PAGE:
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Durham County Council using 'plastic road' technology on the A689
Durham County Council using 'plastic road' technology on the A689

Durham County Council using ‘plastic road’ technology on the A689

Durham County Council has trialled new ‘plastic road’ technology on the resurfaced A689.

Located close to Sedgefield in County Durham, this new technology has been trialled as part of work to resurface a section of the road with hot rolled asphalt.

Indeed, Durham County Council is the first local authority in the North East to give this technology a try.

As part of the “continuous programme” to resurface and maintain the road network in the area, the council is particularly interested in trying out technology that will not only improve roads, but make them much more environmentally friendly.

The Council’s head of technical services, John Reed, explains what the process delivers.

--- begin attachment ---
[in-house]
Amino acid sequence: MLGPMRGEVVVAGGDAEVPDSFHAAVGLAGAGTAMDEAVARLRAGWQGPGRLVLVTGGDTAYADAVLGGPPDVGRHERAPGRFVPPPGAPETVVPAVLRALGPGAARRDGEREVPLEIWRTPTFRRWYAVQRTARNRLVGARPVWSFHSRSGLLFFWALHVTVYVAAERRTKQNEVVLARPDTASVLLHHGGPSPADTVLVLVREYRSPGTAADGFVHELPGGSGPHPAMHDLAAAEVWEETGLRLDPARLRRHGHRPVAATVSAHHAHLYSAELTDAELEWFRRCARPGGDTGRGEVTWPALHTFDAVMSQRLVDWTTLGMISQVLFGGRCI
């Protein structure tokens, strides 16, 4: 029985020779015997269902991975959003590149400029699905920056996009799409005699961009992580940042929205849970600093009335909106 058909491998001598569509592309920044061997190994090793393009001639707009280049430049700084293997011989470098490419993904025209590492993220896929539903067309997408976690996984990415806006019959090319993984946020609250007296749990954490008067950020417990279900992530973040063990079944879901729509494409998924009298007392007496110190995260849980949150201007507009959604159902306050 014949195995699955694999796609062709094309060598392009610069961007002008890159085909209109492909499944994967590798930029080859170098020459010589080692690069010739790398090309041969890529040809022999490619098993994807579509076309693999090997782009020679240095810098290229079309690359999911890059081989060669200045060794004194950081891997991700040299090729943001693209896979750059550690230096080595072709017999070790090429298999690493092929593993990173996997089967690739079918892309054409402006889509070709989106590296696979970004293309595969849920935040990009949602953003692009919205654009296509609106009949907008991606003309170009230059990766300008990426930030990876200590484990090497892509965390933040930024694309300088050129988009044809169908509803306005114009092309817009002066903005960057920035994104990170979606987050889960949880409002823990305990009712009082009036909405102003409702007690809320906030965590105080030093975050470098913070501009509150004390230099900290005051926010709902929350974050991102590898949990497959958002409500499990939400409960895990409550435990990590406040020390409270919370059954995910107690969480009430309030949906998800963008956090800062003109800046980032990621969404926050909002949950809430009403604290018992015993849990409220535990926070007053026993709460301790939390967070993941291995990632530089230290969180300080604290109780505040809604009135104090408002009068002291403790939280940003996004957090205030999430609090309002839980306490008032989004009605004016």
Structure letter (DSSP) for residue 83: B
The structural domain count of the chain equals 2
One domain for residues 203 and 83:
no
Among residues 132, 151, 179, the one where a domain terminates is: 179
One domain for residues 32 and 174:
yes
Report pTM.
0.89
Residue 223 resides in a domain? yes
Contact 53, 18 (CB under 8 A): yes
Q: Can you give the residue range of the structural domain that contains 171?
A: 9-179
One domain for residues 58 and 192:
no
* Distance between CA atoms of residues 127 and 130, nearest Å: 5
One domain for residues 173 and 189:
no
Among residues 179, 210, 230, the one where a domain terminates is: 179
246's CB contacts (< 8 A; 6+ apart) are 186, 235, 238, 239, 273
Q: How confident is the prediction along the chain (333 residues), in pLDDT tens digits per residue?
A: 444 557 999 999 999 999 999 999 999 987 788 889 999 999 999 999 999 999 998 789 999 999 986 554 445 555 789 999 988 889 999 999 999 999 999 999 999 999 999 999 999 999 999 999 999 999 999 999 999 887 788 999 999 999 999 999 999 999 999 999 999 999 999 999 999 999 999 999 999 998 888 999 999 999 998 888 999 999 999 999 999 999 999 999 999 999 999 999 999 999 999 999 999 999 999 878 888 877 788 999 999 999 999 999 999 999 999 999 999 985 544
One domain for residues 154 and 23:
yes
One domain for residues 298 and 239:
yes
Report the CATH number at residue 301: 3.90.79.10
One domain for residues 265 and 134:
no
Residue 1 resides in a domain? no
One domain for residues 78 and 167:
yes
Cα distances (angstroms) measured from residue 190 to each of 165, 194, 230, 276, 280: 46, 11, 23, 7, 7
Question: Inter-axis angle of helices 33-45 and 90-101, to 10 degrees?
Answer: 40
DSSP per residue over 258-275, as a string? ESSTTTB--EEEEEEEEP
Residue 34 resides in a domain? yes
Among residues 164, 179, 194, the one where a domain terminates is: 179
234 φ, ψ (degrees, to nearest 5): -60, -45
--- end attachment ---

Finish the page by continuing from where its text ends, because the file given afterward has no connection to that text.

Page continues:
He said: “In this trial, we incorporated waste plastics into the asphalt instead of traditional bitumen.

“This will help divert plastics that are difficult to recycle from incineration and landfill, and reduce our carbon emissions.

“We are confident that this new technology will perform at least as well as the conventional method.”

This could be a real change in the way roadworks are delivered; the central government wants its network to be more environmentally friendly and emissions to be cut.

Meanwhile, the road network has struggled this year and in recent years under the weight of poor weather and an ever increasing level of traffic, creating potholes that cost millions of pounds to repair.

The new system on the A689 could well be one that inspires local authorities to look at alternative methods, especially given the focus on reducing plastic consumption.

As part of the resurfacing, waste packaging and insulation that wouldn’t normally be recycled have been turned into a plastic crumb that can be mixed into the asphalt.

By doing this, the amount of bitumen required is reduced, as is the carbon footprint of road resurfacing by a tonne of carbon dioxide for every tonne of bitumen that would have been used.

And the new A689 surface, which used the equivalent of 60,000 plastic shopping bags, is more durable and longer lasting.

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